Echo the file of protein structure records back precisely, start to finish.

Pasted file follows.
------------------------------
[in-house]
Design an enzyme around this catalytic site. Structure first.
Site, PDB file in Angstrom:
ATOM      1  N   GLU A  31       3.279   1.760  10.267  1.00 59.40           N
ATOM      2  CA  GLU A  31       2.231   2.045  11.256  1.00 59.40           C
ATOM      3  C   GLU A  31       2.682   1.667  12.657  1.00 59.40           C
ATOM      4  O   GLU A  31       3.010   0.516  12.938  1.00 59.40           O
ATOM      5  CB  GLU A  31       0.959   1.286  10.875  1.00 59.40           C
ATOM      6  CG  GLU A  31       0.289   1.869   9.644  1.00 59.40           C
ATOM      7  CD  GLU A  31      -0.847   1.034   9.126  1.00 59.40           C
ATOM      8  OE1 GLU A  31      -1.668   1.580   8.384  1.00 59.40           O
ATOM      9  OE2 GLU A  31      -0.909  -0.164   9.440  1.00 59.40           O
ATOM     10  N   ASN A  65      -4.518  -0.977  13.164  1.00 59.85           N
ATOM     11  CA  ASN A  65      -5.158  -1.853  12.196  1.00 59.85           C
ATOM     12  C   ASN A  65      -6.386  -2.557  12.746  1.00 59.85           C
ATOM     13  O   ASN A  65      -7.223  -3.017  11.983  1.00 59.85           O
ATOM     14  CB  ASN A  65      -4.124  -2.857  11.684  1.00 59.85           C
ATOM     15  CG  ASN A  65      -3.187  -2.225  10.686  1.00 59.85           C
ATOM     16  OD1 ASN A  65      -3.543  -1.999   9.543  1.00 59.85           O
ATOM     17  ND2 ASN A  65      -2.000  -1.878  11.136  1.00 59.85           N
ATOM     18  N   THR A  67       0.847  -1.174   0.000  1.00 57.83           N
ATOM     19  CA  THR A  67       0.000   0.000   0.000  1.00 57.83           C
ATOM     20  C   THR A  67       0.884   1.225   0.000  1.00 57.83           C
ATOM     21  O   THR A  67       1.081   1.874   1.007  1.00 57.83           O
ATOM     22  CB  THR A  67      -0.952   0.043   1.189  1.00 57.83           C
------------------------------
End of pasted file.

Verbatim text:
[in-house]
Design an enzyme around this catalytic site. Structure first.
Site, PDB file in Angstrom:
ATOM      1  N   GLU A  31       3.279   1.760  10.267  1.00 59.40           N
ATOM      2  CA  GLU A  31       2.231   2.045  11.256  1.00 59.40           C
ATOM      3  C   GLU A  31       2.682   1.667  12.657  1.00 59.40           C
ATOM      4  O   GLU A  31       3.010   0.516  12.938  1.00 59.40           O
ATOM      5  CB  GLU A  31       0.959   1.286  10.875  1.00 59.40           C
ATOM      6  CG  GLU A  31       0.289   1.869   9.644  1.00 59.40           C
ATOM      7  CD  GLU A  31      -0.847   1.034   9.126  1.00 59.40           C
ATOM      8  OE1 GLU A  31      -1.668   1.580   8.384  1.00 59.40           O
ATOM      9  OE2 GLU A  31      -0.909  -0.164   9.440  1.00 59.40           O
ATOM     10  N   ASN A  65      -4.518  -0.977  13.164  1.00 59.85           N
ATOM     11  CA  ASN A  65      -5.158  -1.853  12.196  1.00 59.85           C
ATOM     12  C   ASN A  65      -6.386  -2.557  12.746  1.00 59.85           C
ATOM     13  O   ASN A  65      -7.223  -3.017  11.983  1.00 59.85           O
ATOM     14  CB  ASN A  65      -4.124  -2.857  11.684  1.00 59.85           C
ATOM     15  CG  ASN A  65      -3.187  -2.225  10.686  1.00 59.85           C
ATOM     16  OD1 ASN A  65      -3.543  -1.999   9.543  1.00 59.85           O
ATOM     17  ND2 ASN A  65      -2.000  -1.878  11.136  1.00 59.85           N
ATOM     18  N   THR A  67       0.847  -1.174   0.000  1.00 57.83           N
ATOM     19  CA  THR A  67       0.000   0.000   0.000  1.00 57.83           C
ATOM     20  C   THR A  67       0.884   1.225   0.000  1.00 57.83           C
ATOM     21  O   THR A  67       1.081   1.874   1.007  1.00 57.83           O
ATOM     22  CB  THR A  67      -0.952   0.043   1.189  1.00 57.83           C